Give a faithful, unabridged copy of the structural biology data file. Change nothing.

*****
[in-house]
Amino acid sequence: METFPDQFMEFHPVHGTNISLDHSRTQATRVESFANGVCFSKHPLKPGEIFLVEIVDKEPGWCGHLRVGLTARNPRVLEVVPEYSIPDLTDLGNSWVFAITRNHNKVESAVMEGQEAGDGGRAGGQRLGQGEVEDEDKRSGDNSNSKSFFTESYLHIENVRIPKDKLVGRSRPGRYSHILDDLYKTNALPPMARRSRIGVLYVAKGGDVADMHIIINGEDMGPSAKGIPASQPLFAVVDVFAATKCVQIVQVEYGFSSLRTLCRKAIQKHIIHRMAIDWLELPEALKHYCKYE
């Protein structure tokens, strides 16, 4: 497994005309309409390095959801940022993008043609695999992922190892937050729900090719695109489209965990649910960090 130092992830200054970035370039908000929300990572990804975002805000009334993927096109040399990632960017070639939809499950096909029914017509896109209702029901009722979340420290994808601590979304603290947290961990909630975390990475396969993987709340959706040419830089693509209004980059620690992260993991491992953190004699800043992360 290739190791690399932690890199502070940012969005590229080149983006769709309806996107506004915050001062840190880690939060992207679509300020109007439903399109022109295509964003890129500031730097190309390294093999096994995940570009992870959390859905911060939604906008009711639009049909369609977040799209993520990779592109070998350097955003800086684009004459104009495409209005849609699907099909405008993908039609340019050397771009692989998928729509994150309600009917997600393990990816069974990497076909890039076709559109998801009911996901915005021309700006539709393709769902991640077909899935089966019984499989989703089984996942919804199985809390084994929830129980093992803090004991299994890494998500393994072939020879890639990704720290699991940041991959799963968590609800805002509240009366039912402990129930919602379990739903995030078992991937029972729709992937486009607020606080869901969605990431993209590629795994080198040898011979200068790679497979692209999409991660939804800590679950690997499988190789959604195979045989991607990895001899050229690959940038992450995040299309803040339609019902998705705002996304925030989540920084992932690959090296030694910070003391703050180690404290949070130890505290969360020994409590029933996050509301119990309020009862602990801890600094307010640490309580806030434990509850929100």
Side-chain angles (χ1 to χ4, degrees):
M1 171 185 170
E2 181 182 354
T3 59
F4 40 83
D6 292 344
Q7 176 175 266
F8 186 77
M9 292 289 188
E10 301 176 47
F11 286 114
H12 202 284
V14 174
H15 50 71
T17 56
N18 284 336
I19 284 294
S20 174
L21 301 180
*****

[in-house]
Amino acid sequence: METFPDQFMEFHPVHGTNISLDHSRTQATRVESFANGVCFSKHPLKPGEIFLVEIVDKEPGWCGHLRVGLTARNPRVLEVVPEYSIPDLTDLGNSWVFAITRNHNKVESAVMEGQEAGDGGRAGGQRLGQGEVEDEDKRSGDNSNSKSFFTESYLHIENVRIPKDKLVGRSRPGRYSHILDDLYKTNALPPMARRSRIGVLYVAKGGDVADMHIIINGEDMGPSAKGIPASQPLFAVVDVFAATKCVQIVQVEYGFSSLRTLCRKAIQKHIIHRMAIDWLELPEALKHYCKYE
């Protein structure tokens, strides 16, 4: 497994005309309409390095959801940022993008043609695999992922190892937050729900090719695109489209965990649910960090 130092992830200054970035370039908000929300990572990804975002805000009334993927096109040399990632960017070639939809499950096909029914017509896109209702029901009722979340420290994808601590979304603290947290961990909630975390990475396969993987709340959706040419830089693509209004980059620690992260993991491992953190004699800043992360 290739190791690399932690890199502070940012969005590229080149983006769709309806996107506004915050001062840190880690939060992207679509300020109007439903399109022109295509964003890129500031730097190309390294093999096994995940570009992870959390859905911060939604906008009711639009049909369609977040799209993520990779592109070998350097955003800086684009004459104009495409209005849609699907099909405008993908039609340019050397771009692989998928729509994150309600009917997600393990990816069974990497076909890039076709559109998801009911996901915005021309700006539709393709769902991640077909899935089966019984499989989703089984996942919804199985809390084994929830129980093992803090004991299994890494998500393994072939020879890639990704720290699991940041991959799963968590609800805002509240009366039912402990129930919602379990739903995030078992991937029972729709992937486009607020606080869901969605990431993209590629795994080198040898011979200068790679497979692209999409991660939804800590679950690997499988190789959604195979045989991607990895001899050229690959940038992450995040299309803040339609019902998705705002996304925030989540920084992932690959090296030694910070003391703050180690404290949070130890505290969360020994409590029933996050509301119990309020009862602990801890600094307010640490309580806030434990509850929100």
Side-chain angles (χ1 to χ4, degrees):
M1 171 185 170
E2 181 182 354
T3 59
F4 40 83
D6 292 344
Q7 176 175 266
F8 186 77
M9 292 289 188
E10 301 176 47
F11 286 114
H12 202 284
V14 174
H15 50 71
T17 56
N18 284 336
I19 284 294
S20 174
L21 301 180